Best Management Practices (BMPs) improve water quality by reducing soil erosion and capturing polluted water before it enters Lake Tahoe. The intent of BMPs are to help designed landscapes better mimic their natural surroundings, reducing the amount of dirt, sediment, and nutrients that flow into Lake Tahoe. Science has shown that fine sediment coming from developed areas causes most of the lake’s clarity loss. Implementing BMPs on existing development is a critical step toward improving Lake Tahoe’s water quality.
BMPs need routine maintenance to keep them effective. Below are a few tips on keeping your BMPs in working order:
Visually inspect all infiltration areas to be sure they are still allowing infiltration.Remove trash and debris from the surface of the gravel.
Gravel trenches and infiltration systems will eventually become clogged with fine sediments and will need to be removed, sifted clean and replaced.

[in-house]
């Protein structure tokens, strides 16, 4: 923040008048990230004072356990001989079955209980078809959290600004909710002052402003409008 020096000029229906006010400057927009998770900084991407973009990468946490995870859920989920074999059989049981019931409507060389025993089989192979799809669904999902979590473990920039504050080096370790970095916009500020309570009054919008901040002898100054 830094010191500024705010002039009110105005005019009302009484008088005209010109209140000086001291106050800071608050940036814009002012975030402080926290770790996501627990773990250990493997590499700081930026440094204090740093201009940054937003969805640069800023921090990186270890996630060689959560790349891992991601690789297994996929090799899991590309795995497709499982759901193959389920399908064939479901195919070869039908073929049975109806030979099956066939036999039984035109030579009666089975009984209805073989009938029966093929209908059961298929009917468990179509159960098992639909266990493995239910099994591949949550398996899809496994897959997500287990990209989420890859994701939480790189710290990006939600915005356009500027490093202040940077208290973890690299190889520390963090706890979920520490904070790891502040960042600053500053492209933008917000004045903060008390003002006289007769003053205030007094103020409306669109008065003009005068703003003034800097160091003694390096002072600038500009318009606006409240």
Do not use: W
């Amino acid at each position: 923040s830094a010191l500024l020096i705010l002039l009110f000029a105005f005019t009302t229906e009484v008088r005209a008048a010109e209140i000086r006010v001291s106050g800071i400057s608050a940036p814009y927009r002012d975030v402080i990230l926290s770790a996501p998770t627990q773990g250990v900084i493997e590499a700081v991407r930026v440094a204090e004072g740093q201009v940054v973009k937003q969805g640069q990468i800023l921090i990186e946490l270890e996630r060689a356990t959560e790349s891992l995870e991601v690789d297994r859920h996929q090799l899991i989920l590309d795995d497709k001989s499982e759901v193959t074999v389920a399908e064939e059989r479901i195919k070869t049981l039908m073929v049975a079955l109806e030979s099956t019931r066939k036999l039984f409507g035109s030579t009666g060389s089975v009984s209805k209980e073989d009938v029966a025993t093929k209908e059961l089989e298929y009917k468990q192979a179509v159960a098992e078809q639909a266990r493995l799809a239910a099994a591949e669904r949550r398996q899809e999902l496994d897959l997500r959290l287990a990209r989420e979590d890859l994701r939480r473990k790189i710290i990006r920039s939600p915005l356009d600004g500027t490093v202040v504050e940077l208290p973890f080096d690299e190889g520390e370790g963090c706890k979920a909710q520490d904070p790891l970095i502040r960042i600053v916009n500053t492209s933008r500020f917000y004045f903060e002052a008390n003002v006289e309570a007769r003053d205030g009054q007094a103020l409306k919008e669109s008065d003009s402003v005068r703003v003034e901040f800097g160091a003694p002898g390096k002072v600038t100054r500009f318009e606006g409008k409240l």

BMP design elements such as borders, filter fabric, sediment traps and drain clean-outs will reduce this necessary maintenance.
Visually inspect drains and swales after storms to make sure that they are not blocked with debris.
Remove debris as necessary. For drains without a removable grate, use a vacuum to remove debris. Don’t flush debris with a high-pressure washer or hose, as this will clog the infiltration system.
Vegetation must be healthy in order to provide for adequate filtration and nutrient uptake and be in line with defensible space guidelines.
The soil between plants should be covered with one to two inches of mulch to protect soil and also to insulate plant roots and conserve moisture.
Links and Documents
Fill out the Checklist below before calling
for a final inspection:
BMP Final Inspection Checklist